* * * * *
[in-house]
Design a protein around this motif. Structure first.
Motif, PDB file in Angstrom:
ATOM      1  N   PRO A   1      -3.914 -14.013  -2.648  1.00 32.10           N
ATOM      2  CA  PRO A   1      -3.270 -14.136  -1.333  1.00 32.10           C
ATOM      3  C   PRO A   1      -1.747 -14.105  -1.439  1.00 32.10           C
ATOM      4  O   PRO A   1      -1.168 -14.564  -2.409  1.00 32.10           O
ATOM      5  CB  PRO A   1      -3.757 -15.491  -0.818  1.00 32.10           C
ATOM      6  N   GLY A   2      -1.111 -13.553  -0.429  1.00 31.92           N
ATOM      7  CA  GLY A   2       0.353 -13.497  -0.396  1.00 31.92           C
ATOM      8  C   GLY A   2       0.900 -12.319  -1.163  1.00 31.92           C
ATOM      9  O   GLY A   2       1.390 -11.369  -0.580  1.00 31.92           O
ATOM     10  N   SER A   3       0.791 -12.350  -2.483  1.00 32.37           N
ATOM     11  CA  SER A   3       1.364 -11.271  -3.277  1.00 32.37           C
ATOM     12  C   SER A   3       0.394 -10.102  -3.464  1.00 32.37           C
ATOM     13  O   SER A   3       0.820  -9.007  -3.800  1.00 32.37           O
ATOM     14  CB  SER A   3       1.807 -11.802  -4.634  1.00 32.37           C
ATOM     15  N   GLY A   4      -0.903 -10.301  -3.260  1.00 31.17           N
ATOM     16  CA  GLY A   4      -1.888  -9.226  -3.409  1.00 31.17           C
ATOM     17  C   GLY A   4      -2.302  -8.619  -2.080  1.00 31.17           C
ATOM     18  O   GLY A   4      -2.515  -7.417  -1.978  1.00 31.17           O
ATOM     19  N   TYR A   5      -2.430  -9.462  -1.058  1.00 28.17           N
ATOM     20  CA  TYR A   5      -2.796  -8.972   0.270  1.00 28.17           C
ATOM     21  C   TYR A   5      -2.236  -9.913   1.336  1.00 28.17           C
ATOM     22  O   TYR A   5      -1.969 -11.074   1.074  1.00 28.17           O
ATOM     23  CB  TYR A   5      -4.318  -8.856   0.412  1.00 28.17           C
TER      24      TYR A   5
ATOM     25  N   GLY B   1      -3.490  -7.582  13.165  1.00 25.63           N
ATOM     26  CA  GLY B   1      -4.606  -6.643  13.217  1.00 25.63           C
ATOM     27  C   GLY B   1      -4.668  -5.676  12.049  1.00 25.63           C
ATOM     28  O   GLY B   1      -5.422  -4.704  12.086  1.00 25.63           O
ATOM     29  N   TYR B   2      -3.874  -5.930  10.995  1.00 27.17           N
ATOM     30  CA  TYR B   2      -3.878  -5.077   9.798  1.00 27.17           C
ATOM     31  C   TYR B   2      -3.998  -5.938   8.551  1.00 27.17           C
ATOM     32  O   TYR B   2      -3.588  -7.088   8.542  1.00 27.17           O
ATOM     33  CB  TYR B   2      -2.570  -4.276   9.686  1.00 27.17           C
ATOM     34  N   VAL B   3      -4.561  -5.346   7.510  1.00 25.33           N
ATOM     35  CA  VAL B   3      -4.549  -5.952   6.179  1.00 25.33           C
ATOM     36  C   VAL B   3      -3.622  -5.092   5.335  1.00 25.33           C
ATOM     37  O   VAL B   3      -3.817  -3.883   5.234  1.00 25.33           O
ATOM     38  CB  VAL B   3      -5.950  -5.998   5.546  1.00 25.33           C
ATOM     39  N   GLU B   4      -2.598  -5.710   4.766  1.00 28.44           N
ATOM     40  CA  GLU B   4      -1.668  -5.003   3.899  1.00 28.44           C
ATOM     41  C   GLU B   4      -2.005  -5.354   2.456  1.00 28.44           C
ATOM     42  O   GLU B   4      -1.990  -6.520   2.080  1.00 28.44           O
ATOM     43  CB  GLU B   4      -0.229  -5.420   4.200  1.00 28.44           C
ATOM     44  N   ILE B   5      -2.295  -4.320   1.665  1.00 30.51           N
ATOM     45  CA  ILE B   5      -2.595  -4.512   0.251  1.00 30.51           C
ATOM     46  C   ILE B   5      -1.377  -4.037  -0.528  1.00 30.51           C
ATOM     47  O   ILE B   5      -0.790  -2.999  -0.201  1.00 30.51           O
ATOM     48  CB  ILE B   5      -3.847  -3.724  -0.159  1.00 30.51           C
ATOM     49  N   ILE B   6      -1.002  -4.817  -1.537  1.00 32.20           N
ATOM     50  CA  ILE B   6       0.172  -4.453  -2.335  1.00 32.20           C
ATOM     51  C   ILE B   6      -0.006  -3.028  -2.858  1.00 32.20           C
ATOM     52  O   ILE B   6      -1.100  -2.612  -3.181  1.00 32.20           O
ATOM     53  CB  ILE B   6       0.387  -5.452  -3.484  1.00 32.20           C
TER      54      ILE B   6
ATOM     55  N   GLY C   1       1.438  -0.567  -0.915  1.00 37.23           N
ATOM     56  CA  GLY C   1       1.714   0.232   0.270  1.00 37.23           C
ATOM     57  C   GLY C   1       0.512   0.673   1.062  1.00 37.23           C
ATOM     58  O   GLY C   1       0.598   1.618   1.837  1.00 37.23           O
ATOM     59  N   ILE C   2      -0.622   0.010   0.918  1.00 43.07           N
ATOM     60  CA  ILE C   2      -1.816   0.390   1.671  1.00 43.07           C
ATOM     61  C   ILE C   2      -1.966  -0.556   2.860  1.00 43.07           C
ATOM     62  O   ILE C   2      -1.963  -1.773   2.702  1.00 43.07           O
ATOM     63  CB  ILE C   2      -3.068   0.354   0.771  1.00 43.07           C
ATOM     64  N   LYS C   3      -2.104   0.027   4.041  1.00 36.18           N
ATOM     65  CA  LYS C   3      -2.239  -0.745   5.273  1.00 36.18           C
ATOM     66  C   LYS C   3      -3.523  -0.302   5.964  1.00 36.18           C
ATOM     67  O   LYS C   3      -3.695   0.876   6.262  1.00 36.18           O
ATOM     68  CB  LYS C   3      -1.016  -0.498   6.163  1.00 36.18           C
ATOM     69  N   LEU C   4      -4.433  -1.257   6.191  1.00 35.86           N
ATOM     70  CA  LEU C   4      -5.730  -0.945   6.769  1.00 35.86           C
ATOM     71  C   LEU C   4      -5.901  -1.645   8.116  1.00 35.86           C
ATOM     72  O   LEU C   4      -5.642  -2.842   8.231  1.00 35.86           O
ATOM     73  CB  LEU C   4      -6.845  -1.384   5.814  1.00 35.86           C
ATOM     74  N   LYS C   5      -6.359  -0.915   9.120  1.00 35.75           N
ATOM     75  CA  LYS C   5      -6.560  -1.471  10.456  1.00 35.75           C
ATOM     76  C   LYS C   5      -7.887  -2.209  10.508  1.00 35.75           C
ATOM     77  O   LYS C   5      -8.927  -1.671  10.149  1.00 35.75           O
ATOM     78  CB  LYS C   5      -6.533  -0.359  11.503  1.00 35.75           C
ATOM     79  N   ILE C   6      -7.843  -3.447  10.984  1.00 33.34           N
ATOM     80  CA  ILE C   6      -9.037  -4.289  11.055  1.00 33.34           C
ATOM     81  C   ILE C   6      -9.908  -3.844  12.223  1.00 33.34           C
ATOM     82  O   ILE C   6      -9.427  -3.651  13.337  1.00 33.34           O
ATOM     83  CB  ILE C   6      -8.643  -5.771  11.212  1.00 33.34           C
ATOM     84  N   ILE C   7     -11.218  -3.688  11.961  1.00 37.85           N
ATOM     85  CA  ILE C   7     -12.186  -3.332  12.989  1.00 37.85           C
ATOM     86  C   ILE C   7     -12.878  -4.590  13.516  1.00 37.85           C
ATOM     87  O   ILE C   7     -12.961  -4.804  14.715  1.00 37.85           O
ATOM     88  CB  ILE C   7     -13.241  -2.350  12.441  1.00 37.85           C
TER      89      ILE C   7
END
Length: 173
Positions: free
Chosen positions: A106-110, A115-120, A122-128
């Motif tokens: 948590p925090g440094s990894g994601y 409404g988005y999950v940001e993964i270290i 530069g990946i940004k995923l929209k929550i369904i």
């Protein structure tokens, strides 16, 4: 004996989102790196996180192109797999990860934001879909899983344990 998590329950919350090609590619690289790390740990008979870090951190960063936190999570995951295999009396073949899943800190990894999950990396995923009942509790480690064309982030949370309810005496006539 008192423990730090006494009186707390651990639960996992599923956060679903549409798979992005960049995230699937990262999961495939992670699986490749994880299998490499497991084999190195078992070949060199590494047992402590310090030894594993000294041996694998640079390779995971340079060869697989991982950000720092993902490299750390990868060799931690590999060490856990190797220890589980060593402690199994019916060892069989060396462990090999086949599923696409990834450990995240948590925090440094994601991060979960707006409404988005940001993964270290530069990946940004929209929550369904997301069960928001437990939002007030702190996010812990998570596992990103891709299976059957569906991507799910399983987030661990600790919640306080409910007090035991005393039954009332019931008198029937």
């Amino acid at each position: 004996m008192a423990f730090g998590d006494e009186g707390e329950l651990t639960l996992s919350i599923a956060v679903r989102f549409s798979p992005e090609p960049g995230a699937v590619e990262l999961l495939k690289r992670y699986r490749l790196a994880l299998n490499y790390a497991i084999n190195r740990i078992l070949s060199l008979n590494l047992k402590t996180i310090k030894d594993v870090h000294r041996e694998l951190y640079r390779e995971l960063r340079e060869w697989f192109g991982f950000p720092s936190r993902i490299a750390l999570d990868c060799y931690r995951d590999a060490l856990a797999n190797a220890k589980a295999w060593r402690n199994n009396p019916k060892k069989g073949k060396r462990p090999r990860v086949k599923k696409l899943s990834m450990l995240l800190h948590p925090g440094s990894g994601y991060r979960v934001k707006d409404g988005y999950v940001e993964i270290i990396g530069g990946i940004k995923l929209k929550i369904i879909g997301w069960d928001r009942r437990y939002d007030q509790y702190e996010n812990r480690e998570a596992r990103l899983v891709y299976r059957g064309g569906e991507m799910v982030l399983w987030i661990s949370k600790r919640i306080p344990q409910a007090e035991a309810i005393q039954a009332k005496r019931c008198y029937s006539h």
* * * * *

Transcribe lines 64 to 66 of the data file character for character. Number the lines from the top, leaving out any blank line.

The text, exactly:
ATOM     61  C   ILE C   2      -1.966  -0.556   2.860  1.00 43.07           C
ATOM     62  O   ILE C   2      -1.963  -1.773   2.702  1.00 43.07           O
ATOM     63  CB  ILE C   2      -3.068   0.354   0.771  1.00 43.07           C